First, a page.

January 2016

Rosary Spence participated in vocal training with a diverse group of artists at various times throughout her professional career. Pura Fé and Rosary Spence will also be presenting daytime workshops on Feb. 21 at the

Pikwakanagan First Nation. In June, Native Women in the Arts will present Miiyuu Pimaatswin ~ Living a Good Life: A Symposium for Indigenous Women Arts Leaders in Toronto.

Pura Fé Also in 2016 there will be an open call for the second annual Barbara Laronde Award to honour an emerging Indigenous female artist from Northern Ontario. The 2015 recipient, Aylan Couchie, recently

installed a new sculpture at The Halifax Stanfield Airport. The work, entitled “The Current Current,” considers transportation in Canada: precolonial, post-colonial and modern.

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Exhibit of contemporary group of Indigenous artists planned for March

The Art Gallery of Alberta will be presenting the exhibition 7: Professional Native Indian Artists Inc. from March 5 to July 3, 2016. The show brings together more than 80 paintings and drawings from the 1970s from the group, whose members included Jackson Beardy (1944-1984), Eddy Cobiness (1933-1996), Alex Janvier (b. 1935), Norval Morrisseau (1932-2007), Daphne Odjig

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(b. 1919), Carl Ray (19421978) and Joseph Sanchez (b. 1948). Alex Janvier and Joseph Sanchez are confirmed to attend the opening, and there will be events, education, and programming around the show. This exhibition has been shown in Regina at the MacKenzie Art Gallery, Winnipeg at the Winnipeg Art Gallery, Kelowna at the Kelowna Art Gallery, the

McMichael Canadian Art Collection in Kleinburg, Ont. and the Art Gallery of Windsor in Windsor, Ont. Professional Native Indian Artists Incorporated was one of Canada’s most important early artist alliances. A groundbreaking cultural and political entity that was wryly known as the ‘Indian Group of Seven’. This influential group demanded recognition as professional, contemporary

artists and stimulated a new way of thinking about contemporary First Nations people, their lives and art. The exhibition 7: Professional Native Indian Artists Inc. draws on both private and public art collections to bring together paintings from the 1970s during which the seven artists were active as a group. The exhibition considers their collective artistic impact, as well as the distinctive styles

and experimentation of the individual artists. The history of Professional Native Indian Artists Incorporated signaled a new course for the exhibition and understanding of contemporary Indigenous art. The visual impact of this exhibition will reacquaint visitors with the excitement and newness of the images and styles that these seven artists produced.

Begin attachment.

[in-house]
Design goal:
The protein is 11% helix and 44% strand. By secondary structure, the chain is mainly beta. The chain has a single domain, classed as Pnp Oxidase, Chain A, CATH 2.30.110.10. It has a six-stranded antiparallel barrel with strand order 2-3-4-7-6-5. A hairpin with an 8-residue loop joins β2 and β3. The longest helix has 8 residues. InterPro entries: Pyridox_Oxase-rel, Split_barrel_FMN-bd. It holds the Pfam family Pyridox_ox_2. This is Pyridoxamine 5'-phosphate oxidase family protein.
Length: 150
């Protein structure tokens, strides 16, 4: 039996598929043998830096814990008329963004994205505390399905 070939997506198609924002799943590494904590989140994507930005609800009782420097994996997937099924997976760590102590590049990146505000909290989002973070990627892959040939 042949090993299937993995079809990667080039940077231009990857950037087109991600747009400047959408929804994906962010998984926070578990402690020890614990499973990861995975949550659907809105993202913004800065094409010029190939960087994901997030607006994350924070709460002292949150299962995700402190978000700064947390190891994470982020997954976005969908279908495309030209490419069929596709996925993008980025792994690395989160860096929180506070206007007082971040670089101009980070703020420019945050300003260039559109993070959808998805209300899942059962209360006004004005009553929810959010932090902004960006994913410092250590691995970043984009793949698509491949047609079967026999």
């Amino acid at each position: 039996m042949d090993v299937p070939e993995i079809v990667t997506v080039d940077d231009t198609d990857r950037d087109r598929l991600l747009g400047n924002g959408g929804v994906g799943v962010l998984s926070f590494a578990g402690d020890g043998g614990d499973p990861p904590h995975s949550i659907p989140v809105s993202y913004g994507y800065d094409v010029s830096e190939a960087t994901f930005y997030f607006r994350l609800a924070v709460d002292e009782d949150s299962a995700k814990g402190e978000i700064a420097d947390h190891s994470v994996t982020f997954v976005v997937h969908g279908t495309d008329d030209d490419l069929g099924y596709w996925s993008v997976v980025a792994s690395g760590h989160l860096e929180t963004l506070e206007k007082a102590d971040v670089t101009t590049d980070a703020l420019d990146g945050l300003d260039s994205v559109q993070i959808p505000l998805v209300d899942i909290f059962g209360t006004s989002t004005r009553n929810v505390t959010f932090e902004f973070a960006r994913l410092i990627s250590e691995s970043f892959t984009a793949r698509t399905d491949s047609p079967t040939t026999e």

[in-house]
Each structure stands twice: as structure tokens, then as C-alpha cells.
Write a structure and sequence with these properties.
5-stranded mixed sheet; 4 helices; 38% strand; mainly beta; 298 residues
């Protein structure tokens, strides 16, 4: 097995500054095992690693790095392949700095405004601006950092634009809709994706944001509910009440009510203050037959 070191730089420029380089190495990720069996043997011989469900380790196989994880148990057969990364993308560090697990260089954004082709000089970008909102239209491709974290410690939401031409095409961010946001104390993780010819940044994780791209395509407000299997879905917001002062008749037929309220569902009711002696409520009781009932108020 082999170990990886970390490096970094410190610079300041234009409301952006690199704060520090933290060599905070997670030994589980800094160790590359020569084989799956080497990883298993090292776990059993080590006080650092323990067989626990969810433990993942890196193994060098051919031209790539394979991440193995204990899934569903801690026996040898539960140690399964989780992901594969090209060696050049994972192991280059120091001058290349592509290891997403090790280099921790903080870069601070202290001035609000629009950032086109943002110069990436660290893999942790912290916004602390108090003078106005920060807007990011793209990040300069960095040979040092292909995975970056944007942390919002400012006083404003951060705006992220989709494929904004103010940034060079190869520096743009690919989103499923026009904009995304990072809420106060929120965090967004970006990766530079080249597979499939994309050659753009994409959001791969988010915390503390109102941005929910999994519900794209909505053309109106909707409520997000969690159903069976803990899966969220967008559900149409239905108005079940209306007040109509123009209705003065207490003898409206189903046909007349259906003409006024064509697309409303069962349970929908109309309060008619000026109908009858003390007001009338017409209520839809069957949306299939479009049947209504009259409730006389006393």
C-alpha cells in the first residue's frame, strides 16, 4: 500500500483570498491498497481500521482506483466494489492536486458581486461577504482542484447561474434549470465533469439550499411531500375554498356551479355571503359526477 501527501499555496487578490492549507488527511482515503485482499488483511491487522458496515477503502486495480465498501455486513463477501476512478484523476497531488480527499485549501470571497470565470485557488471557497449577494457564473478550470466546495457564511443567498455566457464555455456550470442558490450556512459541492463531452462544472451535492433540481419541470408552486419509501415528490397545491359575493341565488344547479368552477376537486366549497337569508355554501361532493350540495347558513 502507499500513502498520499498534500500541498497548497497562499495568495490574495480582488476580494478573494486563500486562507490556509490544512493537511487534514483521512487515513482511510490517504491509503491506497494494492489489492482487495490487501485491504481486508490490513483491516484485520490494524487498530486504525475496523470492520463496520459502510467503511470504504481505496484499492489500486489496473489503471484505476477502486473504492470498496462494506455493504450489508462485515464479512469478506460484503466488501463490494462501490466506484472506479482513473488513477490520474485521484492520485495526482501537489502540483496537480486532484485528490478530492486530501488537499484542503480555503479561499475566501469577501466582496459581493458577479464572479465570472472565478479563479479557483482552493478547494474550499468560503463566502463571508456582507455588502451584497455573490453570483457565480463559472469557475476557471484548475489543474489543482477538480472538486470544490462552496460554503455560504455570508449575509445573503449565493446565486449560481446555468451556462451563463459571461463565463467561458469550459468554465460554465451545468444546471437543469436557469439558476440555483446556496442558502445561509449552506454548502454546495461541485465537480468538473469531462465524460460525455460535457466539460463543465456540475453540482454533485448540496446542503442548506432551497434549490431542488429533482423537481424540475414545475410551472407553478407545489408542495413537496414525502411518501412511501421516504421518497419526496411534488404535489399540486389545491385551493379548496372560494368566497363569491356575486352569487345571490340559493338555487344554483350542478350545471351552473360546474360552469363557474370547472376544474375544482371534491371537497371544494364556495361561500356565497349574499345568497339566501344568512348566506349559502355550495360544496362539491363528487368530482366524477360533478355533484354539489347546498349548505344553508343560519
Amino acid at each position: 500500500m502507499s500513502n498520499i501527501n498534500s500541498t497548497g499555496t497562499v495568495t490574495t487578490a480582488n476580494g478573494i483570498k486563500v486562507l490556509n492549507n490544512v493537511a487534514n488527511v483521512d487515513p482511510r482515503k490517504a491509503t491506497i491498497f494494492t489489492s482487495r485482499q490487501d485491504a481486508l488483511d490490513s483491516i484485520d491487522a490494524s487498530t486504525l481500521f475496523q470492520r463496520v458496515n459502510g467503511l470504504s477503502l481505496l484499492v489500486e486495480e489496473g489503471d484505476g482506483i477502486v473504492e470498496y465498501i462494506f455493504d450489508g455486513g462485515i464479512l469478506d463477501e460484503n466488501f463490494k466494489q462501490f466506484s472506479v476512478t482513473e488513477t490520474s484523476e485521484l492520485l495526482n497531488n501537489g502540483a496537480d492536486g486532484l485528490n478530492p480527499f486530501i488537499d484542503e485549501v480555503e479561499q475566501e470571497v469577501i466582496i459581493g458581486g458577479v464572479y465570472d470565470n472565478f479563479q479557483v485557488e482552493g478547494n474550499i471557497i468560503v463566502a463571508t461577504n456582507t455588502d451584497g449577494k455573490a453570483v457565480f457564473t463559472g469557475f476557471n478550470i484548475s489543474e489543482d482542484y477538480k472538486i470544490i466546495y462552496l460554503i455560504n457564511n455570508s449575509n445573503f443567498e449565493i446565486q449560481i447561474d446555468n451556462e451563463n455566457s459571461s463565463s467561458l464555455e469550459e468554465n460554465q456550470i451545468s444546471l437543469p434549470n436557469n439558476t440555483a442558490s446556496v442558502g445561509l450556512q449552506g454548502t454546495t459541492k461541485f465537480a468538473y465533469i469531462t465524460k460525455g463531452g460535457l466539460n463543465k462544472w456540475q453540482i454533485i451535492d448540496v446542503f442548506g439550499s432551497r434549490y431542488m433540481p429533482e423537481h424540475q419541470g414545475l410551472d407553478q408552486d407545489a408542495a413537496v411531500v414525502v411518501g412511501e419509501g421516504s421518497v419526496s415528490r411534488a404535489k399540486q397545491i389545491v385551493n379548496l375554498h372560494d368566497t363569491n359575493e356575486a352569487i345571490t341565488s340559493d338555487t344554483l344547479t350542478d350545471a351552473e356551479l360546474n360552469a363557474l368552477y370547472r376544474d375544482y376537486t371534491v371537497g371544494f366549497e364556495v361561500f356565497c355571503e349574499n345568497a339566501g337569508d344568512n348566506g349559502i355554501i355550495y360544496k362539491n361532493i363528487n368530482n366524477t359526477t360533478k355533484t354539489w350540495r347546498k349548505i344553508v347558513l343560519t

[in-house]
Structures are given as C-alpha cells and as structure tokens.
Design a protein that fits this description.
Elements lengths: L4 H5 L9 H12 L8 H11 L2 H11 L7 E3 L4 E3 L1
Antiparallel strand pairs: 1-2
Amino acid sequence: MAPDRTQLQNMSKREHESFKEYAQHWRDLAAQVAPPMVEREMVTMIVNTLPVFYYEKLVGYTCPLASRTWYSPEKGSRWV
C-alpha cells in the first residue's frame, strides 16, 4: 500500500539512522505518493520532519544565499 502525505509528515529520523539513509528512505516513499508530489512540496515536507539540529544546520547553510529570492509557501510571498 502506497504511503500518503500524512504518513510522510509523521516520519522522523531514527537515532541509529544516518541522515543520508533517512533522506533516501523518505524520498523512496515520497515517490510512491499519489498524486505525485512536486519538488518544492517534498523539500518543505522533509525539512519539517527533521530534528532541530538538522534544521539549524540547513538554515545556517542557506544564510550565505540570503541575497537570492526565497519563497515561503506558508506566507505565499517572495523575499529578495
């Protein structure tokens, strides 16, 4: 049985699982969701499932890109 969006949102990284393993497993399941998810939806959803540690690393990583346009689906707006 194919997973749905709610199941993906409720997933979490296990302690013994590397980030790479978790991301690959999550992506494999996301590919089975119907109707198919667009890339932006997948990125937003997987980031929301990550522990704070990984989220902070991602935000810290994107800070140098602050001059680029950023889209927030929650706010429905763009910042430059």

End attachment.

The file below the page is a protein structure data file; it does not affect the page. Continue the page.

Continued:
January 2016

Heritage Conservation Act under fire again By Cara McKenna Windspeaker Contributor

ABBOTSFORD, B.C. A B.C. developer and First Nation are asking the provincial ombudsperson to investigate the government’s apparent failure to recognize the historical value of what is believed to be an ancestral cemetery. Corpus Management Group claims that the provincial ministry of forests, lands and natural resource operations failed to grant historical status to the site, which is understood to be a mass burial ground for victims of the 1782 smallpox epidemic. The company had planned to build a $40-million agri-centre on the 67-hectare lot in Abbotsford until it was discovered that nearly half is a sacred site for the Sumas First Nation. Sumas Chief Dalton Silver has joined with Corpus to ask provincial Ombudsperson Jay Chalke to investigate the province. In the meantime, Corpus’s director is urging property buyers to be “very, very careful” in light of the province’s many

unsettled Indigenous land claims. John Glazema said his company cannot be compensated for the land he purchased and is now known to be undevelopable until the province intervenes under the Heritage Conservation Act. “This is a profoundly unacceptable circumstance,” he said in a statement. “I would be very, very cautious if you’re purchasing any other property in B.C. At this point the collective cost of unresolved Aboriginal claims falls to unsuspecting landowners and property investors.” The B.C. ministry of forests, lands and natural resource operations said in a statement to Windspeaker that a site alteration permit was granted to Corpus in August of 2014, but that it was suspended days later when First Nations told officials about the burial site. The ministry said it “received further information with respect to the site” this October and it is under review. When asked about the complaints, Ombudsperson Chalke’s office said it cannot give any specifics about any potential or current